Paris Air Show: Arming options for CV-22
Further arming options are being considered for the US Air Force’s special operations CV-22 tiltrotor as Bell-Boeing plans where to take the variants of the aircraft next and manufactures long-lead items for the US Navy long-range CMV-22B variant.
There are currently 320 aircraft operating worldwide and in the ten years since the first aircraft entered operational service the fleet has clocked up more than 350,000 hours. The company is currently in discussions with the Pentagon for the third multi-year contract and officials are hopeful this will be inked before the end of the year.
Various trials have demonstrated additional capabilities or roles, according to a Boeing official.
‘We are developing V-22 aerial refuelling system (VARS) capability. Bell-Boeing configured a test aircraft and put a hose drogue assembly on [the] aircraft. We trailed out the hose, brought F/A-18 to pre-contact position and verified the hose was stable and could be plugged but didn’t plug. We are on contract now to develop capability,’ the official said.
‘We are talking with the USN and USMC about ship resupply, in particular the 10,000lb [4,535kg] F-135 engine power module. It is difficult to resupply this while ships are underway – you have to have ships with highline capability to hold that weight and across cable and down to ship which would mean modifications to the sending and receiving ship. Or you put it into an aircraft that is able to carry that and land.
‘The V-22 can fit the module inside fuselage with a cradle developed by engine manufacturer Pratt [&Whitney]. We tested this on USS Wasp and demonstrated that it fits. Because you don’t have trap and catapult to land, you don’t have to worry about increased shock that the engine would have to experience with that high gross weight.’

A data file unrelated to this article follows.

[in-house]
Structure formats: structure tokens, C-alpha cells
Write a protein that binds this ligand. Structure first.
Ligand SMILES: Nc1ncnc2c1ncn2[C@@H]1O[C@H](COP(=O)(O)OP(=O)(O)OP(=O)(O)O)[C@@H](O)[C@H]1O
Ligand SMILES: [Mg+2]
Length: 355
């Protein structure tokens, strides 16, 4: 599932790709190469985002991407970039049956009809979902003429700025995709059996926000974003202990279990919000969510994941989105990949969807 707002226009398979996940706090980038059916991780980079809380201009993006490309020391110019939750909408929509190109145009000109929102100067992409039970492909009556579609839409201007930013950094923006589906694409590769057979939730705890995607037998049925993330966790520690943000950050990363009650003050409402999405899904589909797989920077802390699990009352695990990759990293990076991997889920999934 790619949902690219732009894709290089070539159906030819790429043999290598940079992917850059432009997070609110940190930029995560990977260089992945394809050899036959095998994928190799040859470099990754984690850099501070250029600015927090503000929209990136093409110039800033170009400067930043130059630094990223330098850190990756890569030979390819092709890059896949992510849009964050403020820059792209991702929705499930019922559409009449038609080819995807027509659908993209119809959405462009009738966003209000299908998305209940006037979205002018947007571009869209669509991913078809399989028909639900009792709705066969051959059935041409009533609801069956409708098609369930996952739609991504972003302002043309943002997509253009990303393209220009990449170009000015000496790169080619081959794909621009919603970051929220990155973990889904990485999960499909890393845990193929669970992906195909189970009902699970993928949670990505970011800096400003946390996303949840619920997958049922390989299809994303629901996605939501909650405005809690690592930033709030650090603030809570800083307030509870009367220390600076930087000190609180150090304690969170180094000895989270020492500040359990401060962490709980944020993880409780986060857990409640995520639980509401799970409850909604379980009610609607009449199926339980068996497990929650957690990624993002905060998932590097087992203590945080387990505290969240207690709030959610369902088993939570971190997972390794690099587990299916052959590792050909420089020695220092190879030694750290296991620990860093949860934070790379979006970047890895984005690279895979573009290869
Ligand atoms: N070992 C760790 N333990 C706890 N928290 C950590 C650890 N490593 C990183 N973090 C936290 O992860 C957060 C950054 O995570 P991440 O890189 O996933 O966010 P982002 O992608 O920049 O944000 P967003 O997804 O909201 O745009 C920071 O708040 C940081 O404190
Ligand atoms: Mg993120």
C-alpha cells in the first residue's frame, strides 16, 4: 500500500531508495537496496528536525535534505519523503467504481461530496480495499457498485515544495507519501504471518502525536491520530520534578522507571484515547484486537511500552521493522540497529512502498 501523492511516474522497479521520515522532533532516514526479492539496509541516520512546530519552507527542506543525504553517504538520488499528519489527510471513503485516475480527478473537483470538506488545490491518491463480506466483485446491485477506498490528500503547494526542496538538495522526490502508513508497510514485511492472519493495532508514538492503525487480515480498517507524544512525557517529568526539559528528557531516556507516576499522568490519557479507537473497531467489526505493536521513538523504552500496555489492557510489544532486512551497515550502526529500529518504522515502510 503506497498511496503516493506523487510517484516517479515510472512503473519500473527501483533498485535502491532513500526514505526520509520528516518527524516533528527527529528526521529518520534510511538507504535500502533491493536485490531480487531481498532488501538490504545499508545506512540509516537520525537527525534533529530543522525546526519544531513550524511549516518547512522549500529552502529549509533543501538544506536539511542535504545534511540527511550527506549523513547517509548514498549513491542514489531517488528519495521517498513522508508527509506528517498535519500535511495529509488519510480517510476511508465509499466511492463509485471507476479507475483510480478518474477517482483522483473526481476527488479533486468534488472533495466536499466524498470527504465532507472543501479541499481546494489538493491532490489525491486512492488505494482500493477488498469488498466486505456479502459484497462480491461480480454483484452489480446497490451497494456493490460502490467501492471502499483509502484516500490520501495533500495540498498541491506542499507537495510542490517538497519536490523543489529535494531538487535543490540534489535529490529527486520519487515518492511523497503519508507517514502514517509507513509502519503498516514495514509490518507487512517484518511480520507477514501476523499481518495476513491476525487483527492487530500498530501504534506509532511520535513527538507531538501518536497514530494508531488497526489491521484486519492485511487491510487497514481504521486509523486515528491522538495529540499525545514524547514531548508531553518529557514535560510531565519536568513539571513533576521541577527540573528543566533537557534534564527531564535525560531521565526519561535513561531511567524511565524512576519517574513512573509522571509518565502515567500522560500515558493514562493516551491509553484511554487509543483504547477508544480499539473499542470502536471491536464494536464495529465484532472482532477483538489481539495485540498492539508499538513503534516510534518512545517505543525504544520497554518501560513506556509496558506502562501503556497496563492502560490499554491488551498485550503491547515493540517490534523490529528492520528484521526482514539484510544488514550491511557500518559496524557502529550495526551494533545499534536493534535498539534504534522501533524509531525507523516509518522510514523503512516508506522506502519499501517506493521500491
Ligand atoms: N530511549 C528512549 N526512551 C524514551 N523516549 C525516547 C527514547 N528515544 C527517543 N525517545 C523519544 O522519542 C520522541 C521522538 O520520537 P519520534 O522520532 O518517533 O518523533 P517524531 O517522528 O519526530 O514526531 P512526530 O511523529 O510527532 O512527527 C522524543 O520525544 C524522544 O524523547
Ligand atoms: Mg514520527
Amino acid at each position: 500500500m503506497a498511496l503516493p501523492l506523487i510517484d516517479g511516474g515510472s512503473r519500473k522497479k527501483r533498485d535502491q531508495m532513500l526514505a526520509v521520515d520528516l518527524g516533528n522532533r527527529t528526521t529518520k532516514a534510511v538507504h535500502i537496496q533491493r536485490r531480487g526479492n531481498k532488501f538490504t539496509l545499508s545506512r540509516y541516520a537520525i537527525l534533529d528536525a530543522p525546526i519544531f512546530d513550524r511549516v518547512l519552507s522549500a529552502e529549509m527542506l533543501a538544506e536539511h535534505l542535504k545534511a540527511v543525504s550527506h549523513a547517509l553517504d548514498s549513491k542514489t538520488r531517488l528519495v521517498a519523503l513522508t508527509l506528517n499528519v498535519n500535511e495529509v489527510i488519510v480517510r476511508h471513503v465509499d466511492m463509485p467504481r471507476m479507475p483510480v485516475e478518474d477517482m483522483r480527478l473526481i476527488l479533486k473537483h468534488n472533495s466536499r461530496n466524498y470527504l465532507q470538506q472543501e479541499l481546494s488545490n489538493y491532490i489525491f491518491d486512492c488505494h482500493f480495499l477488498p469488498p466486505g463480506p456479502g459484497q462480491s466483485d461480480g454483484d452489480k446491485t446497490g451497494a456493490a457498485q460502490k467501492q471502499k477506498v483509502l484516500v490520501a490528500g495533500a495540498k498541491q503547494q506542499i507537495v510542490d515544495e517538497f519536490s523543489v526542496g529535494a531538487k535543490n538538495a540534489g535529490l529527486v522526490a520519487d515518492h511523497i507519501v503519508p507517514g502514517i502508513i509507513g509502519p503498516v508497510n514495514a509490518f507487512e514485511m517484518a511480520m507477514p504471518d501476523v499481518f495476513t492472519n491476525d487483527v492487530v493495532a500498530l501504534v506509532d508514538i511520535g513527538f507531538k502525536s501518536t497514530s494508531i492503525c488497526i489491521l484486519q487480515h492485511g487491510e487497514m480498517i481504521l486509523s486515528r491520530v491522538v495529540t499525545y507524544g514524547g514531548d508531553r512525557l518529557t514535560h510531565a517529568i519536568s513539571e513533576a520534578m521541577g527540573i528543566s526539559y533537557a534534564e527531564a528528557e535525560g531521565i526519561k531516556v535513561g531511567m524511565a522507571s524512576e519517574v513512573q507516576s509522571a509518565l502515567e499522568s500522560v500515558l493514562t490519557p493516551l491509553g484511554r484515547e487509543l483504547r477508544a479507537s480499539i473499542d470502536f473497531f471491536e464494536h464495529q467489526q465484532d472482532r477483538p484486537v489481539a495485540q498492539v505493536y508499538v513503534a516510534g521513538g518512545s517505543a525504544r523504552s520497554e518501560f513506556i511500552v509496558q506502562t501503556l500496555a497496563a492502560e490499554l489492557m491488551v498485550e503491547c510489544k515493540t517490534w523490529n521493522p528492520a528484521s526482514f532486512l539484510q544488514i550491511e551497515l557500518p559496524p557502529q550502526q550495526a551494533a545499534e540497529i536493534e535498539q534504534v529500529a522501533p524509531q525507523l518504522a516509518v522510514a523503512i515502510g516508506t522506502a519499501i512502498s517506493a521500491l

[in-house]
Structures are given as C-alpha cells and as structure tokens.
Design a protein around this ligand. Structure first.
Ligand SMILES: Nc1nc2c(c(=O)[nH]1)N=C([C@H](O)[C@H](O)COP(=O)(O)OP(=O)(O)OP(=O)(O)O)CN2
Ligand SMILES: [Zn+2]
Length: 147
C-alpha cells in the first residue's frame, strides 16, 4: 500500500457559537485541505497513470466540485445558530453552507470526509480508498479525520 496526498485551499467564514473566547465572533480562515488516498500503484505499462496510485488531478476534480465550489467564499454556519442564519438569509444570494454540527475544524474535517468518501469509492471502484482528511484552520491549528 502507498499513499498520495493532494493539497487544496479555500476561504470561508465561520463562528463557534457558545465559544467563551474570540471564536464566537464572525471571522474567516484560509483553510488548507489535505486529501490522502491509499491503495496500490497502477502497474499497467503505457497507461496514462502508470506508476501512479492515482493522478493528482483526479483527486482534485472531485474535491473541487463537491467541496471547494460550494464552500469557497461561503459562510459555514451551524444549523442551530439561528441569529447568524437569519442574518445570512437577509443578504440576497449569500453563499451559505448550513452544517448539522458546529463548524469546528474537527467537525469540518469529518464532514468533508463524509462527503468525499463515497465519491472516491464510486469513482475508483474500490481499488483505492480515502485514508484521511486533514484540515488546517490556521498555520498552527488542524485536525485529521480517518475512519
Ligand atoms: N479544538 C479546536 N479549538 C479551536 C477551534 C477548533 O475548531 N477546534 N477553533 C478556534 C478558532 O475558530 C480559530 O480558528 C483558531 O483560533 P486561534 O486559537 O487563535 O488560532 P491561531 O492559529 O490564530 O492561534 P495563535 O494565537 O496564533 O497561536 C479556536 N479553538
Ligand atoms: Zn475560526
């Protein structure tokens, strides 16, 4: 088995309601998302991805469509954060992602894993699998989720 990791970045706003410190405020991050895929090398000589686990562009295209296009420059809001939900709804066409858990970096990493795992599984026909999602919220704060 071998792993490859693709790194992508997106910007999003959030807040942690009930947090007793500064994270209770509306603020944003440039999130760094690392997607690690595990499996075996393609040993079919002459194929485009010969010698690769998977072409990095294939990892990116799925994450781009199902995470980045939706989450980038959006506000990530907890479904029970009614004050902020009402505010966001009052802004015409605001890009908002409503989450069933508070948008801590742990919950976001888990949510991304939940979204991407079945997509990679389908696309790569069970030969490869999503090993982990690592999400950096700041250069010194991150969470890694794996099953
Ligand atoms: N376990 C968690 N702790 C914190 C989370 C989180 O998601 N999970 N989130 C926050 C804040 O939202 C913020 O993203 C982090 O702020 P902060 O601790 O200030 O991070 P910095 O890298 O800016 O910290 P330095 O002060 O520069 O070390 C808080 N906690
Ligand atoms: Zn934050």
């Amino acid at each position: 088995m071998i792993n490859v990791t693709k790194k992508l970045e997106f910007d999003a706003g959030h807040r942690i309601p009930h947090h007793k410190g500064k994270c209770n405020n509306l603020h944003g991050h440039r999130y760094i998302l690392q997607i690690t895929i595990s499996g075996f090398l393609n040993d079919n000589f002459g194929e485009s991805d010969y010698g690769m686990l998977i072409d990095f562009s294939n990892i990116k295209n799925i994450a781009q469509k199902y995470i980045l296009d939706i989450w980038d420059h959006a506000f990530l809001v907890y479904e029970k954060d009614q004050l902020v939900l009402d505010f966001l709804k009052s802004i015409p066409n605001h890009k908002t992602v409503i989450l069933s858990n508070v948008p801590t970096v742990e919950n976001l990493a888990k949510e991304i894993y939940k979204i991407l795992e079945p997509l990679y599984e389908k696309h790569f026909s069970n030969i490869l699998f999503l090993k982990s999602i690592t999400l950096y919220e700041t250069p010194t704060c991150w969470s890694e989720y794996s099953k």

The company is also looking at anti-submarine warfare (ASW) and anti-surface warfare capabilities, arguing that the same advantages which apply generally to the aircraft are particularly applicable for ASW. The V-22 would not need to be tied to a ground asset as a fixed-wing aircraft is and have longer loiter time and would have an increased range rotary aircraft.
The advantage of the V-22’s tiltrotor system though, becomes a challenge when weaponising compared to other platforms.
In some variants aircraft has a .50 calibre gun mount on its ramp and a defensive weapon capability where a retractable weapon is deployed using one of the ‘hell holes’, a hatch under the fuselage.
The official said evaluations had taken place and work was continuing. ‘We work with USAF and USMC on weapons,’ he said.
‘We’ve fired rockets off a pylon mounted on the cheek of the aircraft and demonstrated the ability to launch and hit targets. We have talked at length about a gun and one of AFSOCs [Air Force Special Operations Command’s] requirements is to have a gun, a forward firing weapon.
‘The need for a weapon on the CV-22 is to make it more useful to commanders down range and we’ve been talking about what it would look like, how we can get it done and more importantly how we can get it done quickly.
‘There are questions though. What are your concepts of operation? When do you want to fire – vertical flight, forward flight, transition? What is your Field-of-View?’ they added.
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